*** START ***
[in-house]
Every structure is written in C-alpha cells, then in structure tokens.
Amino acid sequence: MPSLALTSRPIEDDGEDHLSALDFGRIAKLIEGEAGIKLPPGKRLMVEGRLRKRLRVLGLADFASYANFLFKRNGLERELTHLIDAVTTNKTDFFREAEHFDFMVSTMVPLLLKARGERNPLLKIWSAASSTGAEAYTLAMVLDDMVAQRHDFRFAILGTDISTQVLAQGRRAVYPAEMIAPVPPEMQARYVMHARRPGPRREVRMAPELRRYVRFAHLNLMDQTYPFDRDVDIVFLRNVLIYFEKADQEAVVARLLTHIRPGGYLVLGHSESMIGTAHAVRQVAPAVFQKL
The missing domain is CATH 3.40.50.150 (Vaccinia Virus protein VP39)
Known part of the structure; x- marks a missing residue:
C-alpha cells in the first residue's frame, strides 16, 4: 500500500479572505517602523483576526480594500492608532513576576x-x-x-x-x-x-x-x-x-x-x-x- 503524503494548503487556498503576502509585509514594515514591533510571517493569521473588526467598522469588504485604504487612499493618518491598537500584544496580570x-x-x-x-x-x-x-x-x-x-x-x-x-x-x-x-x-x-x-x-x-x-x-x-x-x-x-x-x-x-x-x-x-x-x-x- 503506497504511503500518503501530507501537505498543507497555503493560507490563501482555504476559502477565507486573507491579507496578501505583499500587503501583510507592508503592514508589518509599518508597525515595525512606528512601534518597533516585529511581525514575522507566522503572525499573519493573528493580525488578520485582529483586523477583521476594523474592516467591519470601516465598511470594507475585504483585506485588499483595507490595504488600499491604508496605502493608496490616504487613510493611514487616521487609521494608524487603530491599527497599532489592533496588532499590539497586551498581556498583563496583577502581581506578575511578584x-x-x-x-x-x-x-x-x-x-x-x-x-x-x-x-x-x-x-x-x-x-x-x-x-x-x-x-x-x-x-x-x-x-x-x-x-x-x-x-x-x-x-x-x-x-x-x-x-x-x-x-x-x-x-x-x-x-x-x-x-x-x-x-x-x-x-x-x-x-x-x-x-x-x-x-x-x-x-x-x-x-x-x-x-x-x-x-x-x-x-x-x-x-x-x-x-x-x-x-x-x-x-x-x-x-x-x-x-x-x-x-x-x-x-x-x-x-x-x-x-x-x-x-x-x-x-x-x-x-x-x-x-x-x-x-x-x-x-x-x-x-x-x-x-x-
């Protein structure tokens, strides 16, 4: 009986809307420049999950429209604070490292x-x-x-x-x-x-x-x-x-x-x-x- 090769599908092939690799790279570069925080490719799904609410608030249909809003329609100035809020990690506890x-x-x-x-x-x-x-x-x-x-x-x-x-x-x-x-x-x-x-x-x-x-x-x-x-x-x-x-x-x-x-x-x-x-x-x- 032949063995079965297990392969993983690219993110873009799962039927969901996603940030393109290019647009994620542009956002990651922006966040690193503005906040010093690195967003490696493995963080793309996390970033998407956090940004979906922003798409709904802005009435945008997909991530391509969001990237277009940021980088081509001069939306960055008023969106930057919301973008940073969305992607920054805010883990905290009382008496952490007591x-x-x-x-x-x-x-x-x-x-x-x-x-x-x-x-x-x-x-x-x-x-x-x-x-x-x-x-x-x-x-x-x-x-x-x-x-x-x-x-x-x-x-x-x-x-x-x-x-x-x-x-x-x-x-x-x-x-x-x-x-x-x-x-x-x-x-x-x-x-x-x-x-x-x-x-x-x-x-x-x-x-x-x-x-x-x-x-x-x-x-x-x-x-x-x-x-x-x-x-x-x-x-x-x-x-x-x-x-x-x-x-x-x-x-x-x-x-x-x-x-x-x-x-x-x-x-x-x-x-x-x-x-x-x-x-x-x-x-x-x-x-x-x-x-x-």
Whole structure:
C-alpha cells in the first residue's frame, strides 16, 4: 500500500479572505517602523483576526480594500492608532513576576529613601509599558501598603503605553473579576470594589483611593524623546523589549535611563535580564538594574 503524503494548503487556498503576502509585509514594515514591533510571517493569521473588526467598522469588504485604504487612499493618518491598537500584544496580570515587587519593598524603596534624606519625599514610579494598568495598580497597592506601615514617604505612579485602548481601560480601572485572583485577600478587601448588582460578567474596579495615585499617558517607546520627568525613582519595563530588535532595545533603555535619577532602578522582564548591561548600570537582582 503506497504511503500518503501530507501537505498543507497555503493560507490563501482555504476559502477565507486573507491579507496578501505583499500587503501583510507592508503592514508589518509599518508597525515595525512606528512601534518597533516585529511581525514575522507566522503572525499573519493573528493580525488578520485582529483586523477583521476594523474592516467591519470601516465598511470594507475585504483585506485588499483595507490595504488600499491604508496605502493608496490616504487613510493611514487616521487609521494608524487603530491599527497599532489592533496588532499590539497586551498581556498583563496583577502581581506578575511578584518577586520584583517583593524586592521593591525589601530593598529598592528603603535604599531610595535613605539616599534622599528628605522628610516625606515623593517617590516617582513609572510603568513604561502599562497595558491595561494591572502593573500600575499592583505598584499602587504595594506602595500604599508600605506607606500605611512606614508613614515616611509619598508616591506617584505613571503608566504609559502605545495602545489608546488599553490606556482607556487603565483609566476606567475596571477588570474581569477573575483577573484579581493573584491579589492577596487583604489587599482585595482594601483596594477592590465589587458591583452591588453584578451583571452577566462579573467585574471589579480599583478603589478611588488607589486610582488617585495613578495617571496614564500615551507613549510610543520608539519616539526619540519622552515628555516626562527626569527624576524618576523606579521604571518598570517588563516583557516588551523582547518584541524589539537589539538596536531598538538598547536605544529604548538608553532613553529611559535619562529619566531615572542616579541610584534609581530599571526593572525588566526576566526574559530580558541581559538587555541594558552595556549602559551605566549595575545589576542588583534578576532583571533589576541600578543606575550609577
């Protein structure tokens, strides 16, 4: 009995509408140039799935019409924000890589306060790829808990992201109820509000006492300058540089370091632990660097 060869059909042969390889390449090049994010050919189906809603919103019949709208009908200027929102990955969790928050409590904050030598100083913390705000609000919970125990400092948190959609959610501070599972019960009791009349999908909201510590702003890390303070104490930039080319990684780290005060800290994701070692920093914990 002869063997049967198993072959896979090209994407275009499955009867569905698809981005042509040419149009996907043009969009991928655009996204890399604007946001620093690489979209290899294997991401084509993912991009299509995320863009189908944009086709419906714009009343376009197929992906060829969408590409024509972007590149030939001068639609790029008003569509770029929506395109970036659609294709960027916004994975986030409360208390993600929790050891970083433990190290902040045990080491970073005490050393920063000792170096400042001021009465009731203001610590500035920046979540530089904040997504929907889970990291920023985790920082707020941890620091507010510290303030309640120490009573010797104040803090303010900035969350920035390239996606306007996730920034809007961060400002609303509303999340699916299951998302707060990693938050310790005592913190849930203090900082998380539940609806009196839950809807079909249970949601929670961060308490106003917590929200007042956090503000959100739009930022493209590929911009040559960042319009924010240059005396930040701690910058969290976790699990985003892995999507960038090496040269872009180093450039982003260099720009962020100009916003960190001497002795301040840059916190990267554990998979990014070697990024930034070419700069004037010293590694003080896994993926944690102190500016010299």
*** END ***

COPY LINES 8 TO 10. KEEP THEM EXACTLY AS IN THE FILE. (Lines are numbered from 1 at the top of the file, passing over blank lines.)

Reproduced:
Whole structure:
C-alpha cells in the first residue's frame, strides 16, 4: 500500500479572505517602523483576526480594500492608532513576576529613601509599558501598603503605553473579576470594589483611593524623546523589549535611563535580564538594574 503524503494548503487556498503576502509585509514594515514591533510571517493569521473588526467598522469588504485604504487612499493618518491598537500584544496580570515587587519593598524603596534624606519625599514610579494598568495598580497597592506601615514617604505612579485602548481601560480601572485572583485577600478587601448588582460578567474596579495615585499617558517607546520627568525613582519595563530588535532595545533603555535619577532602578522582564548591561548600570537582582 503506497504511503500518503501530507501537505498543507497555503493560507490563501482555504476559502477565507486573507491579507496578501505583499500587503501583510507592508503592514508589518509599518508597525515595525512606528512601534518597533516585529511581525514575522507566522503572525499573519493573528493580525488578520485582529483586523477583521476594523474592516467591519470601516465598511470594507475585504483585506485588499483595507490595504488600499491604508496605502493608496490616504487613510493611514487616521487609521494608524487603530491599527497599532489592533496588532499590539497586551498581556498583563496583577502581581506578575511578584518577586520584583517583593524586592521593591525589601530593598529598592528603603535604599531610595535613605539616599534622599528628605522628610516625606515623593517617590516617582513609572510603568513604561502599562497595558491595561494591572502593573500600575499592583505598584499602587504595594506602595500604599508600605506607606500605611512606614508613614515616611509619598508616591506617584505613571503608566504609559502605545495602545489608546488599553490606556482607556487603565483609566476606567475596571477588570474581569477573575483577573484579581493573584491579589492577596487583604489587599482585595482594601483596594477592590465589587458591583452591588453584578451583571452577566462579573467585574471589579480599583478603589478611588488607589486610582488617585495613578495617571496614564500615551507613549510610543520608539519616539526619540519622552515628555516626562527626569527624576524618576523606579521604571518598570517588563516583557516588551523582547518584541524589539537589539538596536531598538538598547536605544529604548538608553532613553529611559535619562529619566531615572542616579541610584534609581530599571526593572525588566526576566526574559530580558541581559538587555541594558552595556549602559551605566549595575545589576542588583534578576532583571533589576541600578543606575550609577
């Protein structure tokens, strides 16, 4: 009995509408140039799935019409924000890589306060790829808990992201109820509000006492300058540089370091632990660097 060869059909042969390889390449090049994010050919189906809603919103019949709208009908200027929102990955969790928050409590904050030598100083913390705000609000919970125990400092948190959609959610501070599972019960009791009349999908909201510590702003890390303070104490930039080319990684780290005060800290994701070692920093914990 002869063997049967198993072959896979090209994407275009499955009867569905698809981005042509040419149009996907043009969009991928655009996204890399604007946001620093690489979209290899294997991401084509993912991009299509995320863009189908944009086709419906714009009343376009197929992906060829969408590409024509972007590149030939001068639609790029008003569509770029929506395109970036659609294709960027916004994975986030409360208390993600929790050891970083433990190290902040045990080491970073005490050393920063000792170096400042001021009465009731203001610590500035920046979540530089904040997504929907889970990291920023985790920082707020941890620091507010510290303030309640120490009573010797104040803090303010900035969350920035390239996606306007996730920034809007961060400002609303509303999340699916299951998302707060990693938050310790005592913190849930203090900082998380539940609806009196839950809807079909249970949601929670961060308490106003917590929200007042956090503000959100739009930022493209590929911009040559960042319009924010240059005396930040701690910058969290976790699990985003892995999507960038090496040269872009180093450039982003260099720009962020100009916003960190001497002795301040840059916190990267554990998979990014070697990024930034070419700069004037010293590694003080896994993926944690102190500016010299």